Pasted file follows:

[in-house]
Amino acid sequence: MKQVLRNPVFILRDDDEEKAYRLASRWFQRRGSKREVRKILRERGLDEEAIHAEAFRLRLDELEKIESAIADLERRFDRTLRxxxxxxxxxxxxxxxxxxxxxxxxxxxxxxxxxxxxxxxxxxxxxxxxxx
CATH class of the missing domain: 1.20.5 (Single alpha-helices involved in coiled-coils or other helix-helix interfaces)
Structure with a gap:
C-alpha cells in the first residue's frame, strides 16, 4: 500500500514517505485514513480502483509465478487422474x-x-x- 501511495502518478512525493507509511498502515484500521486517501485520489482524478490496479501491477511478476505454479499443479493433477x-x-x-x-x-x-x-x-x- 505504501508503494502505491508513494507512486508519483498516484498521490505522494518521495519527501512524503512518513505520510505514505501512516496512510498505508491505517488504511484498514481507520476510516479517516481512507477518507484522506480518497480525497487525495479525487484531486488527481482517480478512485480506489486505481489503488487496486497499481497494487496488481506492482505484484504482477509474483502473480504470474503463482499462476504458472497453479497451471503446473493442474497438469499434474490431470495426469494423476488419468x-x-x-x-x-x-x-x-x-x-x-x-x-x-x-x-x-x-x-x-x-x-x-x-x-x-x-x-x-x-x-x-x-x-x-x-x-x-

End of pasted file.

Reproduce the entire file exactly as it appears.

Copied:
[in-house]
Amino acid sequence: MKQVLRNPVFILRDDDEEKAYRLASRWFQRRGSKREVRKILRERGLDEEAIHAEAFRLRLDELEKIESAIADLERRFDRTLRxxxxxxxxxxxxxxxxxxxxxxxxxxxxxxxxxxxxxxxxxxxxxxxxxx
CATH class of the missing domain: 1.20.5 (Single alpha-helices involved in coiled-coils or other helix-helix interfaces)
Structure with a gap:
C-alpha cells in the first residue's frame, strides 16, 4: 500500500514517505485514513480502483509465478487422474x-x-x- 501511495502518478512525493507509511498502515484500521486517501485520489482524478490496479501491477511478476505454479499443479493433477x-x-x-x-x-x-x-x-x- 505504501508503494502505491508513494507512486508519483498516484498521490505522494518521495519527501512524503512518513505520510505514505501512516496512510498505508491505517488504511484498514481507520476510516479517516481512507477518507484522506480518497480525497487525495479525487484531486488527481482517480478512485480506489486505481489503488487496486497499481497494487496488481506492482505484484504482477509474483502473480504470474503463482499462476504458472497453479497451471503446473493442474497438469499434474490431470495426469494423476488419468x-x-x-x-x-x-x-x-x-x-x-x-x-x-x-x-x-x-x-x-x-x-x-x-x-x-x-x-x-x-x-x-x-x-x-x-x-x-